How much research did it require from you to write The Lady's Slipper, and which aspect of your research did you personally find the most interesting?

I did a ton of research! Some things - such as seventeenth century ships, I knew nothing about, and had to ask in the Maritime Museum for help. Now I do at least know the difference between Port and Starboard! The research I loved the best was visiting old houses, and I based Fisk Manor in the book on the real location of Levens Hall. There is nothing like inhaling the smell of seventeenth century panelling, or looking at a view of a garden from inside mullioned glass. Also, I live near the birthplace of the Quaker movement, so visits to their first meeting grounds and houses such as Swarthmoor Hall where George Fox (the founder of Quakerism) actually stood, played a large part in the background to the book. Documents of the time are so atmospheric - seeing the real handwriting of the person you are writing about is very inspiring. George Fox kept a diary which provided me with not only a time-frame, but also a flavour of the particular language of the period.

Your scenes are so descriptive, one can almost touch and feel the orchid and see its setting.  How did you pull this off?

I don't know! I guess I've always loved nature, and I've always loved history, so perhaps some of that passion shines through. 

Does The Lady's Slipper also have an underlying message? Is the orchid also a bit of a symbol?

The orchid is a focal point for the desires of the three main characters in the book, and to each one it represents something different. The artist, the wealthy owner of the manor, the herbalist - they all want it for different reasons. I think the message of the book is about the question of how much the natural world needs curating, and how much we should manage it and manipulate it - a question which is important for us all to address in these current times.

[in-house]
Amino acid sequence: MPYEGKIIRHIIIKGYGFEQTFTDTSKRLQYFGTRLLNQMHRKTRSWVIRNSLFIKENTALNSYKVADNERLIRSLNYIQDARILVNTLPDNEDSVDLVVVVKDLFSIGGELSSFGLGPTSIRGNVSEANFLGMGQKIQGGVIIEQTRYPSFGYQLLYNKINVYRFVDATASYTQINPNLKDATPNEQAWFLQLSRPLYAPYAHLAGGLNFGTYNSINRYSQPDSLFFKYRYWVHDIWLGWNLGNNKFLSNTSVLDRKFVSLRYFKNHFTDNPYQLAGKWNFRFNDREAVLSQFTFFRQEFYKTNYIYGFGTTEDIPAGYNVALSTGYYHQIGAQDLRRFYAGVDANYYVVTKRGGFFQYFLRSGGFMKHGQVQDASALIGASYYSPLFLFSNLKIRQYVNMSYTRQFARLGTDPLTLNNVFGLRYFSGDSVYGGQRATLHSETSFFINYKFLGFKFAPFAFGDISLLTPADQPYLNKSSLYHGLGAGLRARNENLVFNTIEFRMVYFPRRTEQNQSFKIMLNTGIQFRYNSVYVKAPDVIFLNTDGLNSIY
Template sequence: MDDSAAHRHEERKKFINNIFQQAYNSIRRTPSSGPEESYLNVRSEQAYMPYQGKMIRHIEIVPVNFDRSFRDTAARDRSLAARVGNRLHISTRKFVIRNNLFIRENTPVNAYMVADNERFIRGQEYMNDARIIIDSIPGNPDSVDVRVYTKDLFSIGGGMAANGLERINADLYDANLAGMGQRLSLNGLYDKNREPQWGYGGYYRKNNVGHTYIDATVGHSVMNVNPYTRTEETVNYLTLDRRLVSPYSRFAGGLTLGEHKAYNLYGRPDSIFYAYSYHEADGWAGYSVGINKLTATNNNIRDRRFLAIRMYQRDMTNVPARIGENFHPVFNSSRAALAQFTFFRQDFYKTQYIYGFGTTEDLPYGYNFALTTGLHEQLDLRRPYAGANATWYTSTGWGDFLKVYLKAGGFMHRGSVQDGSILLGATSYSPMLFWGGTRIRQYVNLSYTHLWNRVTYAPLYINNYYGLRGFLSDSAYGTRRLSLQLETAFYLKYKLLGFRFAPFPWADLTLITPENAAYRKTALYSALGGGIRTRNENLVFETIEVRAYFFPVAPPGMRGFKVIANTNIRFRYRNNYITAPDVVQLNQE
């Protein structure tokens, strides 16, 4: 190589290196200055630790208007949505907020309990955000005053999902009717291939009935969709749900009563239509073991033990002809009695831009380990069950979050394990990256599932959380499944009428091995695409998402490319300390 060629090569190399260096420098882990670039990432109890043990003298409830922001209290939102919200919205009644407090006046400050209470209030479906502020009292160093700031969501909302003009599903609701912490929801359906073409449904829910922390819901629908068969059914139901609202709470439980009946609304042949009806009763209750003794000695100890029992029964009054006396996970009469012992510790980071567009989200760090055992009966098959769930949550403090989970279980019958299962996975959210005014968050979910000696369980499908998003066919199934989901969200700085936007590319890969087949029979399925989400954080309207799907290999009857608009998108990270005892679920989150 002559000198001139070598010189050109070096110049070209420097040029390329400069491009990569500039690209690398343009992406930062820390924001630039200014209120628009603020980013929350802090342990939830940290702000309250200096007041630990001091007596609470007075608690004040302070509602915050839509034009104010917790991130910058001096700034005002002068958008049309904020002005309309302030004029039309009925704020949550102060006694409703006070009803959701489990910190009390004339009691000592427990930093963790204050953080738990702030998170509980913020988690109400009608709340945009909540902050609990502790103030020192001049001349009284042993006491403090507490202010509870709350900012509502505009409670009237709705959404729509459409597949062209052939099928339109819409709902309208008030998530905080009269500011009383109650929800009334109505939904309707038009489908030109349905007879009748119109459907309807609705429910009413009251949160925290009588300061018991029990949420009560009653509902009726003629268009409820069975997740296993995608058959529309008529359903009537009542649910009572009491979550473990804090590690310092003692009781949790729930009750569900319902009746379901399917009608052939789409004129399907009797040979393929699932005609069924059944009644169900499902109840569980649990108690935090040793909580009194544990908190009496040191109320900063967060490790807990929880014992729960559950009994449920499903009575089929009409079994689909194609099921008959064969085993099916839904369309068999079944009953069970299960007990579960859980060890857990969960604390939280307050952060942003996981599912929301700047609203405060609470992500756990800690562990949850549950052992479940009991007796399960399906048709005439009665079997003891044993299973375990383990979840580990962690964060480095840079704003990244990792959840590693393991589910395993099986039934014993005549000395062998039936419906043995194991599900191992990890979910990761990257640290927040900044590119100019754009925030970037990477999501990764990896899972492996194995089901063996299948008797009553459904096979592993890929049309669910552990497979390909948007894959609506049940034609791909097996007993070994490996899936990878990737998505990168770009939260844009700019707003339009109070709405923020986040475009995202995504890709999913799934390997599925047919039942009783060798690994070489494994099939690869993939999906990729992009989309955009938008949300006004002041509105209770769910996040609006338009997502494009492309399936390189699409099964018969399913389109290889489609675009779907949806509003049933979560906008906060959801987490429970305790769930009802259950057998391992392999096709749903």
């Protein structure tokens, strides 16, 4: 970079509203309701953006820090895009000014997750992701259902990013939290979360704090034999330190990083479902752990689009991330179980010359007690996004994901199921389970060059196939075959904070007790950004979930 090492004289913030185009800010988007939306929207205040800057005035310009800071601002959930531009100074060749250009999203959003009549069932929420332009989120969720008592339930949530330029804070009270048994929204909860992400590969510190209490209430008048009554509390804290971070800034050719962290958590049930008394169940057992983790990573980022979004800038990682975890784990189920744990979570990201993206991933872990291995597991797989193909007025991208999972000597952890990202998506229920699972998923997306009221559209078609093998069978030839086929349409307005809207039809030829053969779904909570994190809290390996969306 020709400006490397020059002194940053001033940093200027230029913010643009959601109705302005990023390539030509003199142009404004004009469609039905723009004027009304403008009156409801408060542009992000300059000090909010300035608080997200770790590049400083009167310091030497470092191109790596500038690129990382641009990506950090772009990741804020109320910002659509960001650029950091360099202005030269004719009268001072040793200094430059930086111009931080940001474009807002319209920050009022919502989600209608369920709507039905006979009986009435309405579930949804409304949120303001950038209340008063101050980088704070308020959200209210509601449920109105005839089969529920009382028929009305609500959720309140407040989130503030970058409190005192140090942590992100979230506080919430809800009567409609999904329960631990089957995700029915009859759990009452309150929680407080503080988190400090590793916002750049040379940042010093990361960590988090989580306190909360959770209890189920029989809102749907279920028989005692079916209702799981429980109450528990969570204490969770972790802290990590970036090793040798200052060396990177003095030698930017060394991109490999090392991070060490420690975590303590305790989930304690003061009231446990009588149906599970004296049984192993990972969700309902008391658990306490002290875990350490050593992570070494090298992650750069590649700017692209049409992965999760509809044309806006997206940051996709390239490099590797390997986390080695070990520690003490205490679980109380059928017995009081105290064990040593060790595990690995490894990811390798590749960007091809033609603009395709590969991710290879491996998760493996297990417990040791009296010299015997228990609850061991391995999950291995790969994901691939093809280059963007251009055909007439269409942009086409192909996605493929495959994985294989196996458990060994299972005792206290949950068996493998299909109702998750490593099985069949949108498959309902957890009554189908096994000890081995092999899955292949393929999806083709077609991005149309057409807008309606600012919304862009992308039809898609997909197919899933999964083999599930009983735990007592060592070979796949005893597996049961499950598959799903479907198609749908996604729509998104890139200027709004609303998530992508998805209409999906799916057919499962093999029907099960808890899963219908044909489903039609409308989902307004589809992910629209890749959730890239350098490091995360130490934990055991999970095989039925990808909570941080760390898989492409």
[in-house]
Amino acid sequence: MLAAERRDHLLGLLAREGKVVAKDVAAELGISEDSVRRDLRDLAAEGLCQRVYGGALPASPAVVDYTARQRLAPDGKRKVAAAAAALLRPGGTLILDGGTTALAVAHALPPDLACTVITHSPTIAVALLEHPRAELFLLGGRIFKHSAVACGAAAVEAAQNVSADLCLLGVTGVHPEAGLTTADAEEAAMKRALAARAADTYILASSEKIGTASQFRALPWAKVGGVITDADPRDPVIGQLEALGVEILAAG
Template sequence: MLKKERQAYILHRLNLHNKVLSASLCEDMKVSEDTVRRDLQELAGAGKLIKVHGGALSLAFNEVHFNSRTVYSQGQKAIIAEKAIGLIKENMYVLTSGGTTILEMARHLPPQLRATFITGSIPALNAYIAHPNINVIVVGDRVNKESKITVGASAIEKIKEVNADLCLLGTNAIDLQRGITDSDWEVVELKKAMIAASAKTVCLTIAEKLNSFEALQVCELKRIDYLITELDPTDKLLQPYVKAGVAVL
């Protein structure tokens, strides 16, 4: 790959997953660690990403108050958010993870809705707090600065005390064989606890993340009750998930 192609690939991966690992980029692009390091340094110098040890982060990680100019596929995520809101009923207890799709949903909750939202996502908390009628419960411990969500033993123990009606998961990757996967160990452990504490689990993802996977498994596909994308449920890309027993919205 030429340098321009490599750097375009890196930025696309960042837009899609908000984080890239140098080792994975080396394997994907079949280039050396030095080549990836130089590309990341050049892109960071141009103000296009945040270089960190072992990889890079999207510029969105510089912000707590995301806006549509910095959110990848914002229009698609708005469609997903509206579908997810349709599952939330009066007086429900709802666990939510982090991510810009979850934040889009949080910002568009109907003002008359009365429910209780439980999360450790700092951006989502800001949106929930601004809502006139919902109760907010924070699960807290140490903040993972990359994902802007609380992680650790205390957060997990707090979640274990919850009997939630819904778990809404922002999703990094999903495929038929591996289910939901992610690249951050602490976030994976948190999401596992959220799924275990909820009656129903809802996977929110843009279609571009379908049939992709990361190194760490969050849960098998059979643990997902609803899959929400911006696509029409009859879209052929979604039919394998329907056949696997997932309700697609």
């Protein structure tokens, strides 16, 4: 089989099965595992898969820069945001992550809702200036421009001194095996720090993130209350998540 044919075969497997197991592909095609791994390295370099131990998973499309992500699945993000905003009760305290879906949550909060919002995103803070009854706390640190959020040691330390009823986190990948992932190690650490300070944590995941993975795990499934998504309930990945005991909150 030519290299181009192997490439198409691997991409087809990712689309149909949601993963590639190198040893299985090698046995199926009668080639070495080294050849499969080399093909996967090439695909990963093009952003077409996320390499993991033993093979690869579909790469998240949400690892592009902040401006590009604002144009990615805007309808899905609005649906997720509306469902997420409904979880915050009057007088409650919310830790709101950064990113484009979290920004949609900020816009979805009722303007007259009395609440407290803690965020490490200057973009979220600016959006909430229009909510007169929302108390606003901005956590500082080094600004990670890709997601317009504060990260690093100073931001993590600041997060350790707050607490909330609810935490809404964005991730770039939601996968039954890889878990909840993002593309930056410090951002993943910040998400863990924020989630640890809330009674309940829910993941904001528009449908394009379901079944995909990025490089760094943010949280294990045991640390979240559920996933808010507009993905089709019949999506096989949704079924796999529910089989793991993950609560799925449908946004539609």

Do you consider yourself a disciplined writer? Do you have a schedule that you stick to, or is it more in the moment?

I write most mornings and try to stick to my schedule. A full-length novel is incredibly time-consuming to write, and historical fiction especially so. It is good to see the manuscript growing. Even so, I make time for coffee with friends, and for my writer's group where we chat and eat far too much cake, and I like to exercise nearly every day to keep fit.

What genre of books do you read for your own enjoyment? Any favorite authors?

I read anything and everything. I like all kinds of historical fiction - personal favourites include Kate Forsyth, CJ Sansom, Diana Gabaldon, Barbara Kyle, Ken Follett - oh, I could go on and on! I also enjoy more contemporary fiction such as Kristen Hannah, Kate Atkinson and Jodi Picoult.

In your personal life, do you believe that love conquers all?

I think good relationships of all types are the foundation of a meaningful life. Not just love, but friendship, and a respect for others opinions and viewpoints. I am lucky with my husband, in that I have someone to share the ups and downs of life, and he is someone who will support me in a practical way, and actually express his love through action,and not just with words.

What are  you working on right now?

I'm working on a trilogy of books about Samuel Pepys and his mistresses. The books focus on the women in his famous diary, and tell their story. The first one is finished and in production and will be out in 2017, and I'm working on the second one. I'm enjoying focusing on three very different women, and the London of that era is almost a character in itself. The novels cover the span of history which includes the appearance of Halley's Comet, the Great Plague and the Fire of London, so they are very exciting to write.

Where can our readers interact with you or discover more of your work?

I love twitter, so you can find me chatting on there @swiftstory. I also blog on history, antiques, and writing, and give away free chapters or free books on my website www.deborahswift.com so do stop by there and see what I'm up to right now.

This deal has ended but you can read more about the book here.
J.D. Moyer - Colliding Worlds and Repopulation of a Wild Earth
FEATURED AUTHOR - J.D. Moyer lives in Oakland, California, with his wife, daughter, and mystery-breed dog. He writes science fiction, produces electronic music in two groups (Jondi & Spesh and Momu), runs a record label (Loöq Records), and blogs at jdmoyer.com. His previous occupations include dolphin cognition researcher, martial arts instructor, Renaissance Faire actor, dance music event promoter, and DJ. His short stories have appeared in several magazines and his novelette The Icelandic Cure won the 2016… Read more